I’ve been working on calculating BER for simulated transmitter/recieved
pair and have noticed that the channel_model eats the first 3 samples.
Thus to correctly align the data input and output from channel_model
(e.g.
for calculating BER), it is necessary to account for the 3-sample
offset.

Perhaps it would be worth adding a note to this effect to the
channel_model
documentation.

-Greg
It’s not that the channel model 'eat’s 3 samples. This is group delay
of your filters that you’re seeing. The transmitter, receiver, and
channel model may all have filters in them and each has a group delay.
You always have to adjust for this. Not sure we can put it into the
documentation except to say that you need to calculate the total group
delay of your system if you want to align the data.

It’s not that the channel model 'eat’s 3 samples. This is group delay
of your filters that you’re seeing. The transmitter, receiver, and
channel model may all have filters in them and each has a group delay.
You always have to adjust for this. Not sure we can put it into the
documentation except to say that you need to calculate the total group
delay of your system if you want to align the data.

Thanks Tom,

Is there a straightforward way to calculate group delay for a flow
graph?

Alternatively, would it be straightforward to create a block that
annotates the data stream with a time index and another block that uses
this information to align streams?

On Wed, Jul 10, 2013 at 8:42 AM, Gregory W. [email protected] wrote:

calculating BER), it is necessary to account for the 3-sample offset.
documentation except to say that you need to calculate the total group
delay of your system if you want to align the data.

Thanks Tom,

Is there a straightforward way to calculate group delay for a flow graph?

Alternatively, would it be straightforward to create a block that annotates the
data stream with a time index and another block that uses this information to
align streams?

-Greg

Greg,

Symmetric FIR filters have a known group delay of (N-1)/2. So what you
need to do is a) make sure all of your filters are symmetric FIRs (and
they probably are; firdes and optfir produce these types of filters)
and b) know all of the filters in the path, which includes the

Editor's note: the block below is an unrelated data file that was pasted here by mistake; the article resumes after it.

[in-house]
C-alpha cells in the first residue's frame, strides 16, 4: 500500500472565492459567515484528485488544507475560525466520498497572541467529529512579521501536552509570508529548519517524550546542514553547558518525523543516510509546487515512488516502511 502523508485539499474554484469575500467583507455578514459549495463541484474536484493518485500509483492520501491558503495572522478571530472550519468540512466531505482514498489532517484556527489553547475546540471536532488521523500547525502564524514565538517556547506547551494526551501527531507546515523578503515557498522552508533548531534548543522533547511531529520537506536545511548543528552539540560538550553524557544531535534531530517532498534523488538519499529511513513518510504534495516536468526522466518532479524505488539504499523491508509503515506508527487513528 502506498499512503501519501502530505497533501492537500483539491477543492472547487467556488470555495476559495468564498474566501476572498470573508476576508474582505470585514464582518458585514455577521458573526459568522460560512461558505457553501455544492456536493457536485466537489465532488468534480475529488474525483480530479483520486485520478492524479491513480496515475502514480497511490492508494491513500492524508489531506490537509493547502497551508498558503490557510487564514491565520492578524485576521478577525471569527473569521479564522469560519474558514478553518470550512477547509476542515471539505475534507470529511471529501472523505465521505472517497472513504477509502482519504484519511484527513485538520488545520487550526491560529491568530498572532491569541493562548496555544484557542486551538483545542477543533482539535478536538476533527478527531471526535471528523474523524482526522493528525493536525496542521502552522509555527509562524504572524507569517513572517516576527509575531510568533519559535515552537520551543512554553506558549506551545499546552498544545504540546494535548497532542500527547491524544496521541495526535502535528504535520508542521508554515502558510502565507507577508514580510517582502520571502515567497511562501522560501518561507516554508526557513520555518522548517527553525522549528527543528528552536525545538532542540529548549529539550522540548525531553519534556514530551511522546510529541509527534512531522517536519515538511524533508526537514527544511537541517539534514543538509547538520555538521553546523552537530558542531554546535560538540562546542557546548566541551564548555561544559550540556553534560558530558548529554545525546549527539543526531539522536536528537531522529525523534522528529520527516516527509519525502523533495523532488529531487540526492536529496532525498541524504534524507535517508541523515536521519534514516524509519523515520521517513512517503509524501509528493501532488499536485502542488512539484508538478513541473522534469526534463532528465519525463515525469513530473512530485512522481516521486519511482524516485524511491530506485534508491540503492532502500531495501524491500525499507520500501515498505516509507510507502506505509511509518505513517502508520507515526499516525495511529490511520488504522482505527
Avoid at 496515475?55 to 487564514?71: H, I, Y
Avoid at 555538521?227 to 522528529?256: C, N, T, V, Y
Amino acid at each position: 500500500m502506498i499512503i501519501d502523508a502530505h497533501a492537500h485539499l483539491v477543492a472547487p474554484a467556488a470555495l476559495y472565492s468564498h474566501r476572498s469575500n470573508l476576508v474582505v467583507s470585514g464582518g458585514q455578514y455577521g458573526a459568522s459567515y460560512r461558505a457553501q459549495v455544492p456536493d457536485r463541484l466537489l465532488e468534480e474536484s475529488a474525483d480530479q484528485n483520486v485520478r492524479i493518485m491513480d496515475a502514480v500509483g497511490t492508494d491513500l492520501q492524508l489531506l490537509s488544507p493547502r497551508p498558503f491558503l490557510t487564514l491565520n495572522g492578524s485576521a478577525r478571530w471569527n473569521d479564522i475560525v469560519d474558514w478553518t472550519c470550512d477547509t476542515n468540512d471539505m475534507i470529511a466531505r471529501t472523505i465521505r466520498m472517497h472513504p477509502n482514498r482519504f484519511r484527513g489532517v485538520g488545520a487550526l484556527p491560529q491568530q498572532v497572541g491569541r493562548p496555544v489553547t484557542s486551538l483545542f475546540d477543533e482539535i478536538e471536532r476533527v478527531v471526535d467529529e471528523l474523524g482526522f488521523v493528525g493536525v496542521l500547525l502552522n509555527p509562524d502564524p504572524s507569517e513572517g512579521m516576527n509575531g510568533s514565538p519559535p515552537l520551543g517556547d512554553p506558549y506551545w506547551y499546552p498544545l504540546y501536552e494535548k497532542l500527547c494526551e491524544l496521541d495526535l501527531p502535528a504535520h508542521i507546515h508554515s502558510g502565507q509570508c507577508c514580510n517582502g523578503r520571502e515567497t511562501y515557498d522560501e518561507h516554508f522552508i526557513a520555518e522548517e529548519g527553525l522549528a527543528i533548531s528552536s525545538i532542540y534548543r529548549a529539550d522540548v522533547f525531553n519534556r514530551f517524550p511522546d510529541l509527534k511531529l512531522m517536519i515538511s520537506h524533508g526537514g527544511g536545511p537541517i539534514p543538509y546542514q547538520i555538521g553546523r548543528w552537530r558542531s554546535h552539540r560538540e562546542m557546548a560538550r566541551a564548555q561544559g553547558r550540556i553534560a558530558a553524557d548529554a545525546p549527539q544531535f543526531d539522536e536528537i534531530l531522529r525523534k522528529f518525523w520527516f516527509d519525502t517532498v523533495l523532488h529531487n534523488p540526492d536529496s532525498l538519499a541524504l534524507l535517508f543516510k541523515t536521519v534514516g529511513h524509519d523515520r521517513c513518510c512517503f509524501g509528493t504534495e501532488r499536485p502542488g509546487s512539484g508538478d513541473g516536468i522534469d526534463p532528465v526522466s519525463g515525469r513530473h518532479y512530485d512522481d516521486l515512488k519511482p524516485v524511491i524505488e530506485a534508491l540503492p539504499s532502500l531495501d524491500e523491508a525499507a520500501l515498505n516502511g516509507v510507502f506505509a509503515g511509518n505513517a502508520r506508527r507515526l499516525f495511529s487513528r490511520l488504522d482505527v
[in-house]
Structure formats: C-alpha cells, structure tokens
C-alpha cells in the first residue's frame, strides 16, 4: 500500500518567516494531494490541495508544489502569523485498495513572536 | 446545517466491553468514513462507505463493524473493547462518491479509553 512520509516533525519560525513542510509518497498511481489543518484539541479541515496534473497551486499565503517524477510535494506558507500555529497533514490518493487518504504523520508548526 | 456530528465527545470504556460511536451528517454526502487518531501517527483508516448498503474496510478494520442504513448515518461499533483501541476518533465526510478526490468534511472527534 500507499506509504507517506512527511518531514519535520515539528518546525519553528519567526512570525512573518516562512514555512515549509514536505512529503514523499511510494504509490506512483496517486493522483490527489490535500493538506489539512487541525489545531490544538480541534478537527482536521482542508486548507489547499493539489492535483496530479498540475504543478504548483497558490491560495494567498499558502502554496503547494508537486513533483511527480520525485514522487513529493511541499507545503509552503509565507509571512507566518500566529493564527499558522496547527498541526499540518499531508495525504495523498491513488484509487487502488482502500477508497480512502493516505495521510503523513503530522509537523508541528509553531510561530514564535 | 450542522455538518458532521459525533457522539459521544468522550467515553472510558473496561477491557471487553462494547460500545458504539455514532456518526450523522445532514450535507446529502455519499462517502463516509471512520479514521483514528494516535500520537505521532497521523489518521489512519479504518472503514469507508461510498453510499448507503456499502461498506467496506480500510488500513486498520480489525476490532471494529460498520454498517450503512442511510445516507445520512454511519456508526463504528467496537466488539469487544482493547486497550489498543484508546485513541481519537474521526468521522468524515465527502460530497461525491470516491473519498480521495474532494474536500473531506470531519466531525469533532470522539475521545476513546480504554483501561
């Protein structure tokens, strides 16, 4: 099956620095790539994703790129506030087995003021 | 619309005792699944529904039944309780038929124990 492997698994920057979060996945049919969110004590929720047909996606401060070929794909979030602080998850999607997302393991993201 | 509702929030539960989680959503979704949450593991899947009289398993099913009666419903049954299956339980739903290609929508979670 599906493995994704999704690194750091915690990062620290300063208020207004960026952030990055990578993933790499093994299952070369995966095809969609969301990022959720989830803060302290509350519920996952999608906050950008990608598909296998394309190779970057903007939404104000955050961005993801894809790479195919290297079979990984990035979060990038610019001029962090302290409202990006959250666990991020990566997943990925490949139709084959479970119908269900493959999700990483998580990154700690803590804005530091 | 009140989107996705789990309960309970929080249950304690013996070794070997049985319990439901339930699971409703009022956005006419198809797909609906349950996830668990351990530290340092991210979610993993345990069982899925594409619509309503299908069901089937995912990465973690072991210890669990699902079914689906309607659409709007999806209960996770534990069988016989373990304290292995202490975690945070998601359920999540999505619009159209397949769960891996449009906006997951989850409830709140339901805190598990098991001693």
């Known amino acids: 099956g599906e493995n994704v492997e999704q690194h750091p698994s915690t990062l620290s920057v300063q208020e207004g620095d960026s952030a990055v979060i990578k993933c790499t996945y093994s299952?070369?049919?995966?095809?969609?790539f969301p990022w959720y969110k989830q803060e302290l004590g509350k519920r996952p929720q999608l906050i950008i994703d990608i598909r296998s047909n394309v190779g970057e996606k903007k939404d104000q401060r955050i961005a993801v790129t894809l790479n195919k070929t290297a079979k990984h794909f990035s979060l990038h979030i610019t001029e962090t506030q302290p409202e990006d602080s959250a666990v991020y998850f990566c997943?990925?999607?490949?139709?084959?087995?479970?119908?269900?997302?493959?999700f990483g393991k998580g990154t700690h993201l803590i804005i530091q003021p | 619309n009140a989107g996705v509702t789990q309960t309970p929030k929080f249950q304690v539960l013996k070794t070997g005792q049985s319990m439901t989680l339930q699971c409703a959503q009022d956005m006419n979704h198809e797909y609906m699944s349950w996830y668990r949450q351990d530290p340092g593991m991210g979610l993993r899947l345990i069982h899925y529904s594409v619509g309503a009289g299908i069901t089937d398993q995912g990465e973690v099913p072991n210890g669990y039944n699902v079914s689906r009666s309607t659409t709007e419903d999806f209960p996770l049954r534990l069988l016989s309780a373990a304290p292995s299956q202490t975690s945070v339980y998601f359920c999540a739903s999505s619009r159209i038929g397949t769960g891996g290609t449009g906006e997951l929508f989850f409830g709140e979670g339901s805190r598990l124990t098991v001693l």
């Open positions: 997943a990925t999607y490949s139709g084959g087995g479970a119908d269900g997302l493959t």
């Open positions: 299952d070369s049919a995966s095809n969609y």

transmit and receive pulse shaping filters and any filter in the
channel model (used to simulate multipath). You should be able to add
up the group delays of all filters to get your answer.

I have the same problem. I am using different channel models for
simulation and some samples either disappear or are incorrect. In your
answer, group delay = (N-1)/2, I assume that N is the number of taps of
the filter. So, how can I compensate this delay to obtain the correct
samples at the receiver?

Thanks so much

Hector

Tom R. wrote in post #1115636:

On Wed, Jul 10, 2013 at 8:42 AM, Gregory W. [email protected] wrote:

calculating BER), it is necessary to account for the 3-sample offset.
documentation except to say that you need to calculate the total group
delay of your system if you want to align the data.

Thanks Tom,

Is there a straightforward way to calculate group delay for a flow graph?

Alternatively, would it be straightforward to create a block that annotates the
data stream with a time index and another block that uses this
information to
align streams?

-Greg

Greg,

Symmetric FIR filters have a known group delay of (N-1)/2. So what you
need to do is a) make sure all of your filters are symmetric FIRs (and
they probably are; firdes and optfir produce these types of filters)
and b) know all of the filters in the path, which includes the
transmit and receive pulse shaping filters and any filter in the
channel model (used to simulate multipath). You should be able to add
up the group delays of all filters to get your answer.

Tom

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